The chiretta plant is only one of the countless herbs that scientists have their eyes as having untapped unleash its full potential in treating various diseases and conditions. More commonly known as Andrographis paniculata (or Andrographis for short), the plant from Acanthaceae family is more famous in the Eastern countries especially in India, Sri Lanka, and China where it originally came from.
Herbal Powers believes in the plant’s ability to treat and/or manage a wide range of conditions including, but not limited to microbial infection, cancer, diabetes, allergies, bites, gastrointestinal, heart and liver diseases.
While Andrographis’ activity against the aforementioned diseases requires further study, the plant may actually be of help in the management of common colds, simple fever, and ulcerative colitis which is an inflammatory bowel disease.
The usual dose that patients with common colds take contains about 4 to 5.6 mg of andrographolide, the active constituent of the plant, with 400 mg more of Siberian ginseng. The dose is taken every eight hours daily. Patients with fever and tonsillitis need about a dose of 3 to 6 grams every day.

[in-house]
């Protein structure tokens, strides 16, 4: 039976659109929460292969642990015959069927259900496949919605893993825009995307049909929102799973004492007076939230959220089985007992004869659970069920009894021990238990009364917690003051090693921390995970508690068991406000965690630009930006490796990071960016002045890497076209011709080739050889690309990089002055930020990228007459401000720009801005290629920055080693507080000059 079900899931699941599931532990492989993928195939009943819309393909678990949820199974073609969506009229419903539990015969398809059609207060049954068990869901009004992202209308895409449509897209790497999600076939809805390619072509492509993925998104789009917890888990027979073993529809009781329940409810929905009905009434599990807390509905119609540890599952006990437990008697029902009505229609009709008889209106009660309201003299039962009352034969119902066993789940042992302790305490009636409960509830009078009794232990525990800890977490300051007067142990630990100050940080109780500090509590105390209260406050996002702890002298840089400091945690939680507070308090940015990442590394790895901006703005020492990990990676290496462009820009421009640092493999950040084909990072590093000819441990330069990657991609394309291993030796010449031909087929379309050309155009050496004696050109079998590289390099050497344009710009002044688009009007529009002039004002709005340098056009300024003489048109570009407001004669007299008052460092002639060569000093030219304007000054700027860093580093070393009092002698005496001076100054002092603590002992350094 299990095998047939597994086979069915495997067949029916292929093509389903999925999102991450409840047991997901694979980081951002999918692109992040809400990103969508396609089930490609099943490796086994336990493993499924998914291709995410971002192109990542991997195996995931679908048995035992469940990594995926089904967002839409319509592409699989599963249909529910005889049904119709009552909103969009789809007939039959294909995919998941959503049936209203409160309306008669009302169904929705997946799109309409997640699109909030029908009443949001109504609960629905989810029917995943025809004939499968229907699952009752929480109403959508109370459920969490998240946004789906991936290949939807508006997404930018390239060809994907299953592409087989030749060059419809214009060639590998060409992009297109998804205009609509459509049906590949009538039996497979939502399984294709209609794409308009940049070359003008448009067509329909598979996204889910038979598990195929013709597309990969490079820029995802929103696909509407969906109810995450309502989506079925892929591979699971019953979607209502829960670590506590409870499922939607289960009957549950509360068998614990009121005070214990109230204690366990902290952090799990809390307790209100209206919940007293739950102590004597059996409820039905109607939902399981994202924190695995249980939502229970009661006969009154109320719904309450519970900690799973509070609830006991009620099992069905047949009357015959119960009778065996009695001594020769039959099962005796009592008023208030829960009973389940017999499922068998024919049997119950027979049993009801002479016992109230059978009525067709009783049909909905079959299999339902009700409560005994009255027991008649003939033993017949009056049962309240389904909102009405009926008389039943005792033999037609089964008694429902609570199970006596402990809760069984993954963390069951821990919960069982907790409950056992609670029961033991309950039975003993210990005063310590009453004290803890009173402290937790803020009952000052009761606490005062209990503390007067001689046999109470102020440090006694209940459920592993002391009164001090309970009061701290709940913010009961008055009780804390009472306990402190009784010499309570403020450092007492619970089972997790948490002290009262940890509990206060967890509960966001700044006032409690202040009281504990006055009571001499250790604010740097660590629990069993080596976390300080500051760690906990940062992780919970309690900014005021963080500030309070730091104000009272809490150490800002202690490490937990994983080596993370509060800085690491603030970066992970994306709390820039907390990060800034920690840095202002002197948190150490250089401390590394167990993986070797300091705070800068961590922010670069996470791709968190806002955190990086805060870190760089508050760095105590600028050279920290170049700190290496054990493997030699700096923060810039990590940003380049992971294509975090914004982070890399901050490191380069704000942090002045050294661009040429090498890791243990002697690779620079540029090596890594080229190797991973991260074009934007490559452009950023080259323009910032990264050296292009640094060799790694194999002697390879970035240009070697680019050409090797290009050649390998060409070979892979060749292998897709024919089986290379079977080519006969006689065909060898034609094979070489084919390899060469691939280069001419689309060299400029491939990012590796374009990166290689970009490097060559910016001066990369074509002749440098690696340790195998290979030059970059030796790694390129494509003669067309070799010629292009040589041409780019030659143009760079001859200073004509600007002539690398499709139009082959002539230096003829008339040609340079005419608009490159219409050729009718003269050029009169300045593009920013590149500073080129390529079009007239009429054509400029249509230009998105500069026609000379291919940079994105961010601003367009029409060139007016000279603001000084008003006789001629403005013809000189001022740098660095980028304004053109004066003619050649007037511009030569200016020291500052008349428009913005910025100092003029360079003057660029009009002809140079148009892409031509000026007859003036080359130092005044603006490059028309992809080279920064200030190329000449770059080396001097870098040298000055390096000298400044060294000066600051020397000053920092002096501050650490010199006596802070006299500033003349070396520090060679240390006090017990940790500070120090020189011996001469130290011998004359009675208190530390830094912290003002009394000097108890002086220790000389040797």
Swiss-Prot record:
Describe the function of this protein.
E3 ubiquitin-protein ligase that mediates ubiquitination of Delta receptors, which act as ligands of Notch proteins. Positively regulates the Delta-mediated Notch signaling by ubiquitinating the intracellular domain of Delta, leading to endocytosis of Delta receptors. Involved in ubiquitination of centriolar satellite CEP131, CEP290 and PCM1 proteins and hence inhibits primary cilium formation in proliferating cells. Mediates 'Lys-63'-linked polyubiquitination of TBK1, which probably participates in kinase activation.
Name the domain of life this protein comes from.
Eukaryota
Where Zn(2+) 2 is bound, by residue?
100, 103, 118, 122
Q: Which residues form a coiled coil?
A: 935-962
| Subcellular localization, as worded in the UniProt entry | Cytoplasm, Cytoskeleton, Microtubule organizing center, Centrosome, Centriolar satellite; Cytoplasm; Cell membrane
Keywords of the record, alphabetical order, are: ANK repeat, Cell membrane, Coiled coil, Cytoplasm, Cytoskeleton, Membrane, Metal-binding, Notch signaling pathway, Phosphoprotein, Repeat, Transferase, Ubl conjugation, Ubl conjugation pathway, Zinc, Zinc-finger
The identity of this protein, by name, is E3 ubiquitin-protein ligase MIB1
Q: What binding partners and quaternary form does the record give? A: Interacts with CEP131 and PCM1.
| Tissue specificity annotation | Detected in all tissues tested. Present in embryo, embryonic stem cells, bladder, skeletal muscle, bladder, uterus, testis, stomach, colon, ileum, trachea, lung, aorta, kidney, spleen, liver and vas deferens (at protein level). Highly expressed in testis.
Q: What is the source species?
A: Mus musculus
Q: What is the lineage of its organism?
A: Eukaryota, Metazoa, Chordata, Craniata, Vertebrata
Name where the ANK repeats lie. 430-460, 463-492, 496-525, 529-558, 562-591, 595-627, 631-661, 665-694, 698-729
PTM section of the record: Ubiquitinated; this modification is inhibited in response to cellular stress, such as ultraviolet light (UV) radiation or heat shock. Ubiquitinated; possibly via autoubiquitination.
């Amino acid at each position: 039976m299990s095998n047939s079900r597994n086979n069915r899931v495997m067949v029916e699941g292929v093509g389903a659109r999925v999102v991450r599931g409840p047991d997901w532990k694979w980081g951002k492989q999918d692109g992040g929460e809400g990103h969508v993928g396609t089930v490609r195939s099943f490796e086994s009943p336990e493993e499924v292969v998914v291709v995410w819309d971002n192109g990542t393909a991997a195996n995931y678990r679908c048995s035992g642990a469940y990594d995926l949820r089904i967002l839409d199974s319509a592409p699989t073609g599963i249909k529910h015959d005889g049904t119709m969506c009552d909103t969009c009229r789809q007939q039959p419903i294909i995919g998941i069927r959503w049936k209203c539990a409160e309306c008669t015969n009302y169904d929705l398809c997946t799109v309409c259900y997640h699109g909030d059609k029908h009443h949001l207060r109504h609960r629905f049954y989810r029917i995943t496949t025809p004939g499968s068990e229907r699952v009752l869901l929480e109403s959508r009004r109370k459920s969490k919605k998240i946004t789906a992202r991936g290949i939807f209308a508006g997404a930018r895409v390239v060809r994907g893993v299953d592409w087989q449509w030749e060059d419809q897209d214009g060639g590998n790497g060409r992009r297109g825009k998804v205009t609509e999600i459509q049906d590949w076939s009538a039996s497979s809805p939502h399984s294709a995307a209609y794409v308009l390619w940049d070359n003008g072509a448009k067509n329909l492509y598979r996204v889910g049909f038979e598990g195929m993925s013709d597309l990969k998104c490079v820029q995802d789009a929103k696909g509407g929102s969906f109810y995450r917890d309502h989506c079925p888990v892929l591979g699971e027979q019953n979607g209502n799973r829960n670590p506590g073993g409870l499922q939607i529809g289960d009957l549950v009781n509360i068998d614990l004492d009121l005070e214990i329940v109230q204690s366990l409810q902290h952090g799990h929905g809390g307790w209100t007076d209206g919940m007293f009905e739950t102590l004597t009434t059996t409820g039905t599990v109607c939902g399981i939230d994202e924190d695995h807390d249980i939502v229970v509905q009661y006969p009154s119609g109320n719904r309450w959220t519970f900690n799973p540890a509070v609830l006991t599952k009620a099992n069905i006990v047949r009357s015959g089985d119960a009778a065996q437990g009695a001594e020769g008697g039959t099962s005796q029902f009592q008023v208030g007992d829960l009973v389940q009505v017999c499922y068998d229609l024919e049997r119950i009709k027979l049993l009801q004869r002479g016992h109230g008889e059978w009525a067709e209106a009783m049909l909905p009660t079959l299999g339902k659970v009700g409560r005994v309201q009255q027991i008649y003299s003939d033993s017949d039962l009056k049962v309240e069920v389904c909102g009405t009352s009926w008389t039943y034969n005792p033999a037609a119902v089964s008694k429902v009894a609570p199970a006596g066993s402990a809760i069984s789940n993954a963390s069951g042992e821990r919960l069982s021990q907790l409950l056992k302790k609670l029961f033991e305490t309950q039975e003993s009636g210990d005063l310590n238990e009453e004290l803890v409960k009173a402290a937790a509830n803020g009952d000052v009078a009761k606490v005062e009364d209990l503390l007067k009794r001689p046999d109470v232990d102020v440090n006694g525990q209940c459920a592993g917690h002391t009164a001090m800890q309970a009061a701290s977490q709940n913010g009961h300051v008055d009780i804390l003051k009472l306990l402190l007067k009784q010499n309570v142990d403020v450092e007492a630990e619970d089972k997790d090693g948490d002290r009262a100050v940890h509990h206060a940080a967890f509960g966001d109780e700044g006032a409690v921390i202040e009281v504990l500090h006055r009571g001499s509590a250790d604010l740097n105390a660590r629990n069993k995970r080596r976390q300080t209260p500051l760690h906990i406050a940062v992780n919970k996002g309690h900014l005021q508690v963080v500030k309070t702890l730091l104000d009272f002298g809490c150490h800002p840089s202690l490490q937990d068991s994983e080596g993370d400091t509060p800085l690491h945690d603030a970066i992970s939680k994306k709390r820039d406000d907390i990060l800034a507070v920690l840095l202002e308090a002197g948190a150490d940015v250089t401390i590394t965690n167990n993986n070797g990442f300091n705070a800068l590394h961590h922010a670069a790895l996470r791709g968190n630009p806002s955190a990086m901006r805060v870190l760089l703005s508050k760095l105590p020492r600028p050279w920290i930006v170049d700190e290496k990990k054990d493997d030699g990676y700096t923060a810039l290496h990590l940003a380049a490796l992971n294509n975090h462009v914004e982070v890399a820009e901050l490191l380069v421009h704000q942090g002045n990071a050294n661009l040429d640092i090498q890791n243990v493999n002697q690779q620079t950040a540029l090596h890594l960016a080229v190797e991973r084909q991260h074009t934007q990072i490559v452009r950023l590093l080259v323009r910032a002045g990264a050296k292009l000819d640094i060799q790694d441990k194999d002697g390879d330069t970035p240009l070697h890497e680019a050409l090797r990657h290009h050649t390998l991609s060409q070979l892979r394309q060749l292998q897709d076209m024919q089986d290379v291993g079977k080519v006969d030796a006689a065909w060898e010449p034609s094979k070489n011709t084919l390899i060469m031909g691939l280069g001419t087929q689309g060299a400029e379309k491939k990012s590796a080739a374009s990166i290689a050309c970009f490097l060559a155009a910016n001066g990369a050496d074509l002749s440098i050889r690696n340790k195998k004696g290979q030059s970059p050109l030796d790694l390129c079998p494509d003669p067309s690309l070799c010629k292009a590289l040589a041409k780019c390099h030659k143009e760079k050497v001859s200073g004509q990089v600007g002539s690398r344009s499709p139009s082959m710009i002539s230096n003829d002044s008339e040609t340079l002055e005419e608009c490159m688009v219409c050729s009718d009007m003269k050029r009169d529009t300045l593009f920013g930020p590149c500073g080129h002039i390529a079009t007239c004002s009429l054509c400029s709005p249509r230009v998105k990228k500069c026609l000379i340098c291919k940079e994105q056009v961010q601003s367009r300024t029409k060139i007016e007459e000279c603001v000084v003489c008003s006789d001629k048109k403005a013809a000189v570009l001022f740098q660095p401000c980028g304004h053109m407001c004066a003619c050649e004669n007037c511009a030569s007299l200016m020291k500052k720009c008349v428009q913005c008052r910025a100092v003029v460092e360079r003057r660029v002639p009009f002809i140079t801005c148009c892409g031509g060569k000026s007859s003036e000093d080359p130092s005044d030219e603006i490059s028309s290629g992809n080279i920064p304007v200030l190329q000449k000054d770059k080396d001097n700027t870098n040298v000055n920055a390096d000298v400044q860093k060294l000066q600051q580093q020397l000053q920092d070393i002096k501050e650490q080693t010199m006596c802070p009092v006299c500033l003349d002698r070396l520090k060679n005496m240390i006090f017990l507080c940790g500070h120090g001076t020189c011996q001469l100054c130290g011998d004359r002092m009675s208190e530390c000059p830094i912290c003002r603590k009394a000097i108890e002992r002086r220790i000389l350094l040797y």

Still, these findings are from a controlled study. To know the right dose for you, consult your doctor first.
One research about Andrographis used rats to show data for its safety and gave promising results. The plant was “relatively safe” for use. However, the study was not enough to conclude the same for pregnant and lactating mothers.
Especially when used only for a limited time, the plant may be safe even up to three months of taking it. Otherwise, it may cause allergies, increased enzymes of the liver, or inflamed lymph nodes as part of the many side effects it can cause.
Interactions with other drugs
Siberian ginseng is probably the only product a patient can take Andrographis with. A patient also cannot have Andrographis together with drugs that lower blood pressure because the plant itself has an antihypertensive property already.
The same principle applies when a patient has an anticoagulant in his system because it may cause uncontrolled bleeding and bruising as the plant also promotes blood flow.
Andrographis will also boost the immunity of the patient which can defeat the purpose of immunosuppressant when the patient is in one.
There are studies still going on about the plant, but ParActin® is already available (and patented) in the market which people use to relieve pain and swelling of a part of the body.